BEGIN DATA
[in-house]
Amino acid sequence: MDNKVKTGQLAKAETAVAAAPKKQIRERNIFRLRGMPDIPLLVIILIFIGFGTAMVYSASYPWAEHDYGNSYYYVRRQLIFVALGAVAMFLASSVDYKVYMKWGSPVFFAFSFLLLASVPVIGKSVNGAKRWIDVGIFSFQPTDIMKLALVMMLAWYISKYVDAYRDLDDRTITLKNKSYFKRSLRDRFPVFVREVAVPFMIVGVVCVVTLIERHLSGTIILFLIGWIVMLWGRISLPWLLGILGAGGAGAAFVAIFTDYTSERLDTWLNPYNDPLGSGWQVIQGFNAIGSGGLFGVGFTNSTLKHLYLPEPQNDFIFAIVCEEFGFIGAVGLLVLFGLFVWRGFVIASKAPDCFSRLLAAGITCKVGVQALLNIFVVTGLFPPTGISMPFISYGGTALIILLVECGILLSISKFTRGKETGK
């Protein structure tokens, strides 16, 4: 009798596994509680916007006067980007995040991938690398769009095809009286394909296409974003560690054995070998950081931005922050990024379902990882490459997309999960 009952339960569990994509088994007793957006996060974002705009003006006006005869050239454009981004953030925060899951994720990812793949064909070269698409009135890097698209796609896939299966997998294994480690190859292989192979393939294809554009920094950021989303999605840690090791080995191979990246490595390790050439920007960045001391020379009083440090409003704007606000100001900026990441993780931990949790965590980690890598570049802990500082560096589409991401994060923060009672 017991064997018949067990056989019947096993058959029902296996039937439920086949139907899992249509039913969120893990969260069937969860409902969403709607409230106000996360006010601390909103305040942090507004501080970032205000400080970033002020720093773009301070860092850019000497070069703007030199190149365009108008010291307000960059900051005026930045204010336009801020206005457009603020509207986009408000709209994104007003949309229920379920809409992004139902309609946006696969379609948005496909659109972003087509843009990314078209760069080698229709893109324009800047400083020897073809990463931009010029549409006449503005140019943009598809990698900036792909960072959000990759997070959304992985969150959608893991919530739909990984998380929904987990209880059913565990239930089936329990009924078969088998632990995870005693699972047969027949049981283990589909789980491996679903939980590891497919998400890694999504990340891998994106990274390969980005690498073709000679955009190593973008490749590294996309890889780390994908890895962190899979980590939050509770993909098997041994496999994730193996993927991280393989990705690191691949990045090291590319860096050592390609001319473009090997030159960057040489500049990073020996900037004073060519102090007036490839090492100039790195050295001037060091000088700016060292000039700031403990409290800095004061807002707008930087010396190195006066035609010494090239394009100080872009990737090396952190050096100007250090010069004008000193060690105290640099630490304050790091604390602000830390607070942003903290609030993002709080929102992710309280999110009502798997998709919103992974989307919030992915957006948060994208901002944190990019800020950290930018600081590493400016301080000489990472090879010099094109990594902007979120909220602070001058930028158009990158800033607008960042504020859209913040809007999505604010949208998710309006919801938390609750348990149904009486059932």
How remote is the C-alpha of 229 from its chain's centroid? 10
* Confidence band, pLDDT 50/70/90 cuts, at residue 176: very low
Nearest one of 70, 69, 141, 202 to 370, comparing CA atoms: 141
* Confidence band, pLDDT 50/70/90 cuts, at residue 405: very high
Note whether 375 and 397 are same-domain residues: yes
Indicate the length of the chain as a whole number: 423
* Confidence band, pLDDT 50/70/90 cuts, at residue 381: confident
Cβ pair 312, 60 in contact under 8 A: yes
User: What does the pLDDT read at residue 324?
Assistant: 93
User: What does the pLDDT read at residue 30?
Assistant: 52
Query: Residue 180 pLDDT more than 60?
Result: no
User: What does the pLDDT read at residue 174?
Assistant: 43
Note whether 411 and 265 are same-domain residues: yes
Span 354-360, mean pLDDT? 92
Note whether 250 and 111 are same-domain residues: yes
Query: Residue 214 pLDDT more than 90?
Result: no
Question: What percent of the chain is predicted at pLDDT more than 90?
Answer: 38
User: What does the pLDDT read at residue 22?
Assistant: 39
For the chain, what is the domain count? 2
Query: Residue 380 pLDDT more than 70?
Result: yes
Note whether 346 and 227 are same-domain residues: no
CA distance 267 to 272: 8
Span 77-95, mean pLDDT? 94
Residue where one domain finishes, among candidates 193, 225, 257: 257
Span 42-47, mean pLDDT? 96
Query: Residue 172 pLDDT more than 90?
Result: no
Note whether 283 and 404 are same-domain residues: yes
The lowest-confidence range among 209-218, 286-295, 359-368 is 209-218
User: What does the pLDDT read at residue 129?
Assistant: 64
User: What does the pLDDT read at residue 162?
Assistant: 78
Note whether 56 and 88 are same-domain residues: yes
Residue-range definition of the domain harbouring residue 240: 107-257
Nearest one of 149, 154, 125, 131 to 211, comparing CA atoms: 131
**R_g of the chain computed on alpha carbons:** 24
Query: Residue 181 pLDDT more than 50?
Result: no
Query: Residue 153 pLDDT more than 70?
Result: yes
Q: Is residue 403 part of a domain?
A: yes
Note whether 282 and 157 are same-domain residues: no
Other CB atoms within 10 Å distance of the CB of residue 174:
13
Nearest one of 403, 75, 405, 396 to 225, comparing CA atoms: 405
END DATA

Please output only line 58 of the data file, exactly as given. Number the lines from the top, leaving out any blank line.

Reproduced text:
Nearest one of 403, 75, 405, 396 to 225, comparing CA atoms: 405